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Genome Biol Evol. 2018 Jun 1;10(6):1631-1636. doi: 10.1093/gbe/evy118.

RelTime Relaxes the Strict Molecular Clock throughout the Phylogeny.

Author information

Department of Biological Sciences, Oakland University.
Center for Data Science and Big Data Analytics, Oakland University.
Institute for Genomics and Evolutionary Medicine, Temple University, Philadelphia.
Department of Biology, Temple University, Philadelphia.
Department of Biological Sciences, Tokyo Metropolitan University, Japan.
Research Center for Genomics and Bioinformatics, Tokyo Metropolitan University, Japan.
Center for Excellence in Genome Medicine and Research, King Abdulaziz University, Jeddah, Saudi Arabia.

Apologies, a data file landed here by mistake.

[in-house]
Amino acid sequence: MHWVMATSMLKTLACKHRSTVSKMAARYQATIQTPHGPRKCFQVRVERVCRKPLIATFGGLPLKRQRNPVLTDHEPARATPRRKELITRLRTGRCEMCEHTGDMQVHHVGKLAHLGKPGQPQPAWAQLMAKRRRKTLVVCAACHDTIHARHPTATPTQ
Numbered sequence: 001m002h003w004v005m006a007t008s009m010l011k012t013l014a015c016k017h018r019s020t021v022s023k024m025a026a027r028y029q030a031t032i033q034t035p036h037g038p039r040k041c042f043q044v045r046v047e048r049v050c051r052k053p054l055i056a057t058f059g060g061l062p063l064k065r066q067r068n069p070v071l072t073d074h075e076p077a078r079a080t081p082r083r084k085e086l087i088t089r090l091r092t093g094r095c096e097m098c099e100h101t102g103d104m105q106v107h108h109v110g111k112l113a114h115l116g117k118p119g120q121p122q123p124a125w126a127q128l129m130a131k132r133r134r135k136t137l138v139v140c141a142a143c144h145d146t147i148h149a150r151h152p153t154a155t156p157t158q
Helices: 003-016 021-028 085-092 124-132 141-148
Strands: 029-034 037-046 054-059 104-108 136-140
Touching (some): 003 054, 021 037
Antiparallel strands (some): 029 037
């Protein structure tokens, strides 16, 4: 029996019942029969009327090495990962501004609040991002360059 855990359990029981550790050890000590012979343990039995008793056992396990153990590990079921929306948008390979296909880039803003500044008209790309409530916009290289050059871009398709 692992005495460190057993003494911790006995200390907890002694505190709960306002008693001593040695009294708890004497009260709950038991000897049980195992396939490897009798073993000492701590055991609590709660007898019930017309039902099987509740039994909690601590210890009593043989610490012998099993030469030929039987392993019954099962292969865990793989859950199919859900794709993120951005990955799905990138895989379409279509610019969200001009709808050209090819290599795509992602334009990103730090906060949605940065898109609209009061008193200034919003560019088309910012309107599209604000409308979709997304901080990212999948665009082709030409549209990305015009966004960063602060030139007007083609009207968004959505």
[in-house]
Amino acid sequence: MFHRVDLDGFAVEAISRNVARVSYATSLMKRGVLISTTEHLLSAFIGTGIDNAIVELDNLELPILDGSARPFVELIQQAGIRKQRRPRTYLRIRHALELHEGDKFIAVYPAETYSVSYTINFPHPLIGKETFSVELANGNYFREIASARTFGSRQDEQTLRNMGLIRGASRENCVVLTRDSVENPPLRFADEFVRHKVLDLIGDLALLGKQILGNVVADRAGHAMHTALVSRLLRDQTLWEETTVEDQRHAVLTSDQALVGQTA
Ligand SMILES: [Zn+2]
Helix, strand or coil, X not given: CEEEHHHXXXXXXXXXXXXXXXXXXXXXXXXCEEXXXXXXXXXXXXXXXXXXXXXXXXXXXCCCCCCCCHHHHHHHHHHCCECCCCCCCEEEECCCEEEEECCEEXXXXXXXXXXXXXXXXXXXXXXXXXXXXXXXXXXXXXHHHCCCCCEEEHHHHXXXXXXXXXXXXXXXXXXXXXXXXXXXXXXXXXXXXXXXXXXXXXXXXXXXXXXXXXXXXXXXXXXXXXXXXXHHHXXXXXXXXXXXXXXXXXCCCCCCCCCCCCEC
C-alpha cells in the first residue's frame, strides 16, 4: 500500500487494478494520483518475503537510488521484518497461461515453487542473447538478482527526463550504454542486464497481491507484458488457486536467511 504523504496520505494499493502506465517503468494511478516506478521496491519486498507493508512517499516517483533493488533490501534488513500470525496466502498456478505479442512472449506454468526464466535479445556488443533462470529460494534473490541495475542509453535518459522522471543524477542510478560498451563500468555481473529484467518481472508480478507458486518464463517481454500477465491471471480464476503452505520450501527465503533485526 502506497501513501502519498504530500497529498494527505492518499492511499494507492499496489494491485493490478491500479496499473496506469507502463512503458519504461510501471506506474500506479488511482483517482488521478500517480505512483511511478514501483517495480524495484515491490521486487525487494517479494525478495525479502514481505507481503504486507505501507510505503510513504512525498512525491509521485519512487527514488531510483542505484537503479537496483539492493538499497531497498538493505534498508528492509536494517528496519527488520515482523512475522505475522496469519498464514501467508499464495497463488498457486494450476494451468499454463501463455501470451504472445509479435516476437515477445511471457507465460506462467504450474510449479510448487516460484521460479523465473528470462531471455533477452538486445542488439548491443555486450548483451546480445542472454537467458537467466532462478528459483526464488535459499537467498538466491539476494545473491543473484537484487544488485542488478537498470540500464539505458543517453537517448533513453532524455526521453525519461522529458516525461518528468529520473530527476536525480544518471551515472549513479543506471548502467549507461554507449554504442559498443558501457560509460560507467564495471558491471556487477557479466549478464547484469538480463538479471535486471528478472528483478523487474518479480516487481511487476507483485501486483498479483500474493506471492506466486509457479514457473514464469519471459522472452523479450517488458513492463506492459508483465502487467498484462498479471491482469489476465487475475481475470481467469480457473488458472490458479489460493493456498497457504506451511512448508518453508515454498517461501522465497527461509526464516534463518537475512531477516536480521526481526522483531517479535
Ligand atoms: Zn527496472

The RelTime method estimates divergence times when evolutionary rates vary among lineages. Theoretical analyses show that RelTime relaxes the strict molecular clock throughout a molecular phylogeny, and it performs well in the analyses of empirical and computer simulated data sets in which evolutionary rates are variable. Lozano-Fernandez et al. (2017) found that the application of RelTime to one metazoan data set (Erwin et al. 2011) produced equal rates for several ancient lineages, which led them to speculate that RelTime imposes a strict molecular clock for deep animal divergences. RelTime does not impose a strict molecular clock. The pattern observed by Lozano-Fernandez et al. (2017) was a result of the use of an option to assign the same rate to lineages in RelTime when the rates are not statistically significantly different. The median rate difference was 5% for many deep metazoan lineages for the Erwin et al. (2011) data set, so the rate equality was not rejected. In fact, RelTime analyses with and without the option to test rate differences produced very similar time estimates. We also found that the Bayesian time estimates vary widely depending on the root priors assigned, and that the use of less restrictive priors produces Bayesian divergence times that are concordant with those from RelTime for the Erwin et al. (2011) data set. Therefore, it is prudent to discuss Bayesian estimates obtained under a range of priors in any discourse about molecular dating, including method comparisons.

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